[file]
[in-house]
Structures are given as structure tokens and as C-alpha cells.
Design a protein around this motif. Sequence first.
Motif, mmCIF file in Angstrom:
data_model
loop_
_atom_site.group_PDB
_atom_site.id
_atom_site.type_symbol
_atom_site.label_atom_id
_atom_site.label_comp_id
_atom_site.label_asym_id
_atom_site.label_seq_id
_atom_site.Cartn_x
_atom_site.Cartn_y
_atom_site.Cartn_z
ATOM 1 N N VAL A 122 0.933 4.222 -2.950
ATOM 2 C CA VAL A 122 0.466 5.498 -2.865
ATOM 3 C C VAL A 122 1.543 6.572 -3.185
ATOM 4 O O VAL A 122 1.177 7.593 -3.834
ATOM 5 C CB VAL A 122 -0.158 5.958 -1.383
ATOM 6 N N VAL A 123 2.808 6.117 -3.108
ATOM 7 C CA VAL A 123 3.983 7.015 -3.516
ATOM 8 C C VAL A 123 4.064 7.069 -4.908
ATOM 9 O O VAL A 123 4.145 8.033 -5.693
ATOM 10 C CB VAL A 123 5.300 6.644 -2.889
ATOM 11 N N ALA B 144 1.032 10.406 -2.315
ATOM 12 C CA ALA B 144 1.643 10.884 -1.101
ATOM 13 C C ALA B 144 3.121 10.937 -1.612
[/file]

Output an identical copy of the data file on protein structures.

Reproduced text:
[in-house]
Structures are given as structure tokens and as C-alpha cells.
Design a protein around this motif. Sequence first.
Motif, mmCIF file in Angstrom:
data_model
loop_
_atom_site.group_PDB
_atom_site.id
_atom_site.type_symbol
_atom_site.label_atom_id
_atom_site.label_comp_id
_atom_site.label_asym_id
_atom_site.label_seq_id
_atom_site.Cartn_x
_atom_site.Cartn_y
_atom_site.Cartn_z
ATOM 1 N N VAL A 122 0.933 4.222 -2.950
ATOM 2 C CA VAL A 122 0.466 5.498 -2.865
ATOM 3 C C VAL A 122 1.543 6.572 -3.185
ATOM 4 O O VAL A 122 1.177 7.593 -3.834
ATOM 5 C CB VAL A 122 -0.158 5.958 -1.383
ATOM 6 N N VAL A 123 2.808 6.117 -3.108
ATOM 7 C CA VAL A 123 3.983 7.015 -3.516
ATOM 8 C C VAL A 123 4.064 7.069 -4.908
ATOM 9 O O VAL A 123 4.145 8.033 -5.693
ATOM 10 C CB VAL A 123 5.300 6.644 -2.889
ATOM 11 N N ALA B 144 1.032 10.406 -2.315
ATOM 12 C CA ALA B 144 1.643 10.884 -1.101
ATOM 13 C C ALA B 144 3.121 10.937 -1.612